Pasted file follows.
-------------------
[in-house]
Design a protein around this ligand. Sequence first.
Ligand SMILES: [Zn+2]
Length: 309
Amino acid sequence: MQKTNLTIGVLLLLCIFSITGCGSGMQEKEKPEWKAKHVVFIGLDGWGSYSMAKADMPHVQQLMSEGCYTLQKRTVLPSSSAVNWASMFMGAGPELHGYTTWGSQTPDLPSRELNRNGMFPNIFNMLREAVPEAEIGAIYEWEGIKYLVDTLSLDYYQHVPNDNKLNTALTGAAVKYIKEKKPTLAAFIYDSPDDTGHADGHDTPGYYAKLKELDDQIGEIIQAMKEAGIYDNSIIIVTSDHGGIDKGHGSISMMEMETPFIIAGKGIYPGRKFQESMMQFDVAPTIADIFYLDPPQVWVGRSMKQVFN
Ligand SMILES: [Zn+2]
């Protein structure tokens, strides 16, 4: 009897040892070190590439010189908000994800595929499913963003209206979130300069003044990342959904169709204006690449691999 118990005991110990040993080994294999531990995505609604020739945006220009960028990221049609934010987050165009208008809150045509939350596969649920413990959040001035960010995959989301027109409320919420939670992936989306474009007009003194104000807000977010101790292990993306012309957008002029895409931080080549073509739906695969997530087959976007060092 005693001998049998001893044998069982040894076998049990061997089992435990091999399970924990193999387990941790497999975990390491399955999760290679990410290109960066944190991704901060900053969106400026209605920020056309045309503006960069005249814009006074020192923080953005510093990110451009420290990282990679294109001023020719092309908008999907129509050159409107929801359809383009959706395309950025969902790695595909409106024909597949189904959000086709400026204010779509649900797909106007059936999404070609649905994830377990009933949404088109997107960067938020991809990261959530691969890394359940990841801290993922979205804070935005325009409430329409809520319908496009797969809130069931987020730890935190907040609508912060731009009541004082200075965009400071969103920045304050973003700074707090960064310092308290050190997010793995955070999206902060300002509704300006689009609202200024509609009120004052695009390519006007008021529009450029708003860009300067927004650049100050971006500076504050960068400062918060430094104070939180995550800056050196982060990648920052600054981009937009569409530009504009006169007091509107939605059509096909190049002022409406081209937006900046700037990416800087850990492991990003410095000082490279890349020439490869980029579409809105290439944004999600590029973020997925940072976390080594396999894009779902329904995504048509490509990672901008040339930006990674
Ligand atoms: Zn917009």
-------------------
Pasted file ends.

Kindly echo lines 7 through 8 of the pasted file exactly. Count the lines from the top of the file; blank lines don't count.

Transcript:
């Protein structure tokens, strides 16, 4: 009897040892070190590439010189908000994800595929499913963003209206979130300069003044990342959904169709204006690449691999 118990005991110990040993080994294999531990995505609604020739945006220009960028990221049609934010987050165009208008809150045509939350596969649920413990959040001035960010995959989301027109409320919420939670992936989306474009007009003194104000807000977010101790292990993306012309957008002029895409931080080549073509739906695969997530087959976007060092 005693001998049998001893044998069982040894076998049990061997089992435990091999399970924990193999387990941790497999975990390491399955999760290679990410290109960066944190991704901060900053969106400026209605920020056309045309503006960069005249814009006074020192923080953005510093990110451009420290990282990679294109001023020719092309908008999907129509050159409107929801359809383009959706395309950025969902790695595909409106024909597949189904959000086709400026204010779509649900797909106007059936999404070609649905994830377990009933949404088109997107960067938020991809990261959530691969890394359940990841801290993922979205804070935005325009409430329409809520319908496009797969809130069931987020730890935190907040609508912060731009009541004082200075965009400071969103920045304050973003700074707090960064310092308290050190997010793995955070999206902060300002509704300006689009609202200024509609009120004052695009390519006007008021529009450029708003860009300067927004650049100050971006500076504050960068400062918060430094104070939180995550800056050196982060990648920052600054981009937009569409530009504009006169007091509107939605059509096909190049002022409406081209937006900046700037990416800087850990492991990003410095000082490279890349020439490869980029579409809105290439944004999600590029973020997925940072976390080594396999894009779902329904995504048509490509990672901008040339930006990674
Ligand atoms: Zn917009």